Sci Transl Med ; 14(652): eabj4310, 2022 07 06.
Article in English | MEDLINE | ID: covidwho-1949948

ABSTRACT

Inflammatory processes induced by brain injury are important for recovery; however, when uncontrolled, inflammation can be deleterious, likely explaining why most anti-inflammatory treatments have failed to improve neurological outcomes after brain injury in clinical trials. In the thalamus, chronic activation of glial cells, a proxy of inflammation, has been suggested as an indicator of increased seizure risk and cognitive deficits that develop after cortical injury. Furthermore, lesions in the thalamus, more than other brain regions, have been reported in patients with viral infections associated with neurological deficits, such as SARS-CoV-2. However, the extent to which thalamic inflammation is a driver or by-product of neurological deficits remains unknown. Here, we found that thalamic inflammation in mice was sufficient to phenocopy the cellular and circuit hyperexcitability, enhanced seizure risk, and disruptions in cortical rhythms that develop after cortical injury. In our model, down-regulation of the GABA transporter GAT-3 in thalamic astrocytes mediated this neurological dysfunction. In addition, GAT-3 was decreased in regions of thalamic reactive astrocytes in mouse models of cortical injury. Enhancing GAT-3 in thalamic astrocytes prevented seizure risk, restored cortical states, and was protective against severe chemoconvulsant-induced seizures and mortality in a mouse model of traumatic brain injury, emphasizing the potential of therapeutically targeting this pathway. Together, our results identified a potential therapeutic target for reducing negative outcomes after brain injury.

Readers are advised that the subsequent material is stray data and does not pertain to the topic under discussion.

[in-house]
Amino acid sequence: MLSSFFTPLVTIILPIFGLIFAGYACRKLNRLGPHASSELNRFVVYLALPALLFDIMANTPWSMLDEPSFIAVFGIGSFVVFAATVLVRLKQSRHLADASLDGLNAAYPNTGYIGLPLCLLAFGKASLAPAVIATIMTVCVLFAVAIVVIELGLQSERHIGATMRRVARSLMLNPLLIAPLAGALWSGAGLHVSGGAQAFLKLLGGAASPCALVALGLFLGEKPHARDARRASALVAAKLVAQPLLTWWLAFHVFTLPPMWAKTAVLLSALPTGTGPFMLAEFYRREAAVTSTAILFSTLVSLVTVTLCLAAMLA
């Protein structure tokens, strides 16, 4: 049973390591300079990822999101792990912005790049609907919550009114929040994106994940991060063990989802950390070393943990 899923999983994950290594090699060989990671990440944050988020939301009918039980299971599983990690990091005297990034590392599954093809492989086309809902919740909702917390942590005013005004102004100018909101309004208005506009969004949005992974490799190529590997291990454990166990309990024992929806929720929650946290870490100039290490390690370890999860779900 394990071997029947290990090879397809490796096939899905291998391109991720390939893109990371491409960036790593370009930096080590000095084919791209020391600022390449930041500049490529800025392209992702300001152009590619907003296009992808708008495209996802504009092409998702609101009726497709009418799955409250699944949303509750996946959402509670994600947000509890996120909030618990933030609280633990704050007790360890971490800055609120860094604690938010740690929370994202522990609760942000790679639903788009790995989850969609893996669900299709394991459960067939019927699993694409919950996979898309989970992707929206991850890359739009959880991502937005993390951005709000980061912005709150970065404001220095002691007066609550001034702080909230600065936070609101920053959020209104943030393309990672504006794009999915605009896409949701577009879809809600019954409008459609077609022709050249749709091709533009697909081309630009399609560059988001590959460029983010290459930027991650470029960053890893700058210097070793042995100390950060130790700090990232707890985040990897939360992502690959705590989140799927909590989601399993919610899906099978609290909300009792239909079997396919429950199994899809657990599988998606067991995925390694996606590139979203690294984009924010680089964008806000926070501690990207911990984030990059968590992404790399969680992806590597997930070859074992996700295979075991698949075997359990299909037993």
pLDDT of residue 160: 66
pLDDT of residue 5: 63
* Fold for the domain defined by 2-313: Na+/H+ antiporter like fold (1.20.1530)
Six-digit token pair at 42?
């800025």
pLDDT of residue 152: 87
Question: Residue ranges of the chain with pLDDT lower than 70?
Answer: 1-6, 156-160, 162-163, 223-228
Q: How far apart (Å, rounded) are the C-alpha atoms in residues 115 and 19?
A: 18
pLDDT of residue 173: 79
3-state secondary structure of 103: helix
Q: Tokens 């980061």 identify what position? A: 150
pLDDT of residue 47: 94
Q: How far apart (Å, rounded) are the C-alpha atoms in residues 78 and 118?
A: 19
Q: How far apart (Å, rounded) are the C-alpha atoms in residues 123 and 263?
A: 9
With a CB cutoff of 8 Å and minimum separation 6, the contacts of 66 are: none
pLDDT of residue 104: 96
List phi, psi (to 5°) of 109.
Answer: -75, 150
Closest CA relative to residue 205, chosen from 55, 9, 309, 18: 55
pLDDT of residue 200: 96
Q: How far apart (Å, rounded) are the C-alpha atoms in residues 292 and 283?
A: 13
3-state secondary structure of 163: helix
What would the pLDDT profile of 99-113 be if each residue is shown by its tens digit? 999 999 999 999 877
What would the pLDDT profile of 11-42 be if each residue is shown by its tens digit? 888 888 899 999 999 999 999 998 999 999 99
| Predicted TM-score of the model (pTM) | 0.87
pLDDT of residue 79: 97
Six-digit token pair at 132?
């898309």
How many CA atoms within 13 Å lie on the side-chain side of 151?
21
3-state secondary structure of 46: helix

Subject(s)
Brain Injuries , COVID-19 , Animals , Astrocytes/metabolism , Disease Models, Animal , GABA Plasma Membrane Transport Proteins/metabolism , Inflammation/pathology , Mice , Polymers , Rodentia/metabolism , SARS-CoV-2 , Seizures , Thalamus/metabolism , Thalamus/pathology
9.
J Neurol Sci ; 439: 120324, 2022 08 15.
Article in English | MEDLINE | ID: covidwho-1895239

ABSTRACT